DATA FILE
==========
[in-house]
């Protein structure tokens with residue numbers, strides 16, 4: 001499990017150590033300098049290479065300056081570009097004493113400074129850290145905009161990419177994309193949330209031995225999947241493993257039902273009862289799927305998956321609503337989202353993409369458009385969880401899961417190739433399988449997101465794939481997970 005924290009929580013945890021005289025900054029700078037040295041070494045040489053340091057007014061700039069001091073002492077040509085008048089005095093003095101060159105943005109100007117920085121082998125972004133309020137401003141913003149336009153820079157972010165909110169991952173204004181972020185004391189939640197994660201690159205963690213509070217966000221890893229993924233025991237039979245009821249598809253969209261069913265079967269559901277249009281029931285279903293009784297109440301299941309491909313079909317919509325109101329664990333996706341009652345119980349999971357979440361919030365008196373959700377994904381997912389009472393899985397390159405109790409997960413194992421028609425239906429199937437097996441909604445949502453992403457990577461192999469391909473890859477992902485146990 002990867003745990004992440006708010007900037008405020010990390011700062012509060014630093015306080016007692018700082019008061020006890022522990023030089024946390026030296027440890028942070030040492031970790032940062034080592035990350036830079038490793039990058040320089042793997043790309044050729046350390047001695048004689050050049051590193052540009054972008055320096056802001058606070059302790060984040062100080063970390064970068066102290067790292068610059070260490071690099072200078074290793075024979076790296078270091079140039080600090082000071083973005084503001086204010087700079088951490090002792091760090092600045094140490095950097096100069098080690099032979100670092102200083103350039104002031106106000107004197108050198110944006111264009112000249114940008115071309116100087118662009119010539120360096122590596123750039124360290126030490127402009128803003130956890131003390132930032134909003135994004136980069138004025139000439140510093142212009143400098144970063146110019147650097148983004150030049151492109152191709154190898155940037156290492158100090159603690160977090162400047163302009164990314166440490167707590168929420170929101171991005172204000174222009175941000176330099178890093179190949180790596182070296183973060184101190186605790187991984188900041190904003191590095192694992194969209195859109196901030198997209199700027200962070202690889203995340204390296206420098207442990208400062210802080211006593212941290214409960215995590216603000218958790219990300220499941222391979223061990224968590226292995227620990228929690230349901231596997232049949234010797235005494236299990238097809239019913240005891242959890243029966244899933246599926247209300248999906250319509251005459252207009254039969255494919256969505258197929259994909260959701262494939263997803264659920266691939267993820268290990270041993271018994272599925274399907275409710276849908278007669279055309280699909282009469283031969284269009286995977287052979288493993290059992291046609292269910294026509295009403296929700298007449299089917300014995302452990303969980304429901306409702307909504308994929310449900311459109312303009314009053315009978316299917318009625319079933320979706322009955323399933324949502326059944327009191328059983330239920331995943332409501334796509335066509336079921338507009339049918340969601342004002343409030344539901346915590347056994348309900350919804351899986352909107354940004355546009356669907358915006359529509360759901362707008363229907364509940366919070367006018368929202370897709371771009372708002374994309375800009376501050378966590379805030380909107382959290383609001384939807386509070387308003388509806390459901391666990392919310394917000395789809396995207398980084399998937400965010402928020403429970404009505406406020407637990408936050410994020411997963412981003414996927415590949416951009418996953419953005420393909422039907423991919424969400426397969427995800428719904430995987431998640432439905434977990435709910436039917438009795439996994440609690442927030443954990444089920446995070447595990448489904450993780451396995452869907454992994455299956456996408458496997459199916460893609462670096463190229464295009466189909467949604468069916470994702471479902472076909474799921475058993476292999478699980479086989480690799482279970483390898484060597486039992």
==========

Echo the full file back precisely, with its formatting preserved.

[in-house]
């Protein structure tokens with residue numbers, strides 16, 4: 001499990017150590033300098049290479065300056081570009097004493113400074129850290145905009161990419177994309193949330209031995225999947241493993257039902273009862289799927305998956321609503337989202353993409369458009385969880401899961417190739433399988449997101465794939481997970 005924290009929580013945890021005289025900054029700078037040295041070494045040489053340091057007014061700039069001091073002492077040509085008048089005095093003095101060159105943005109100007117920085121082998125972004133309020137401003141913003149336009153820079157972010165909110169991952173204004181972020185004391189939640197994660201690159205963690213509070217966000221890893229993924233025991237039979245009821249598809253969209261069913265079967269559901277249009281029931285279903293009784297109440301299941309491909313079909317919509325109101329664990333996706341009652345119980349999971357979440361919030365008196373959700377994904381997912389009472393899985397390159405109790409997960413194992421028609425239906429199937437097996441909604445949502453992403457990577461192999469391909473890859477992902485146990 002990867003745990004992440006708010007900037008405020010990390011700062012509060014630093015306080016007692018700082019008061020006890022522990023030089024946390026030296027440890028942070030040492031970790032940062034080592035990350036830079038490793039990058040320089042793997043790309044050729046350390047001695048004689050050049051590193052540009054972008055320096056802001058606070059302790060984040062100080063970390064970068066102290067790292068610059070260490071690099072200078074290793075024979076790296078270091079140039080600090082000071083973005084503001086204010087700079088951490090002792091760090092600045094140490095950097096100069098080690099032979100670092102200083103350039104002031106106000107004197108050198110944006111264009112000249114940008115071309116100087118662009119010539120360096122590596123750039124360290126030490127402009128803003130956890131003390132930032134909003135994004136980069138004025139000439140510093142212009143400098144970063146110019147650097148983004150030049151492109152191709154190898155940037156290492158100090159603690160977090162400047163302009164990314166440490167707590168929420170929101171991005172204000174222009175941000176330099178890093179190949180790596182070296183973060184101190186605790187991984188900041190904003191590095192694992194969209195859109196901030198997209199700027200962070202690889203995340204390296206420098207442990208400062210802080211006593212941290214409960215995590216603000218958790219990300220499941222391979223061990224968590226292995227620990228929690230349901231596997232049949234010797235005494236299990238097809239019913240005891242959890243029966244899933246599926247209300248999906250319509251005459252207009254039969255494919256969505258197929259994909260959701262494939263997803264659920266691939267993820268290990270041993271018994272599925274399907275409710276849908278007669279055309280699909282009469283031969284269009286995977287052979288493993290059992291046609292269910294026509295009403296929700298007449299089917300014995302452990303969980304429901306409702307909504308994929310449900311459109312303009314009053315009978316299917318009625319079933320979706322009955323399933324949502326059944327009191328059983330239920331995943332409501334796509335066509336079921338507009339049918340969601342004002343409030344539901346915590347056994348309900350919804351899986352909107354940004355546009356669907358915006359529509360759901362707008363229907364509940366919070367006018368929202370897709371771009372708002374994309375800009376501050378966590379805030380909107382959290383609001384939807386509070387308003388509806390459901391666990392919310394917000395789809396995207398980084399998937400965010402928020403429970404009505406406020407637990408936050410994020411997963412981003414996927415590949416951009418996953419953005420393909422039907423991919424969400426397969427995800428719904430995987431998640432439905434977990435709910436039917438009795439996994440609690442927030443954990444089920446995070447595990448489904450993780451396995452869907454992994455299956456996408458496997459199916460893609462670096463190229464295009466189909467949604468069916470994702471479902472076909474799921475058993476292999478699980479086989480690799482279970483390898484060597486039992």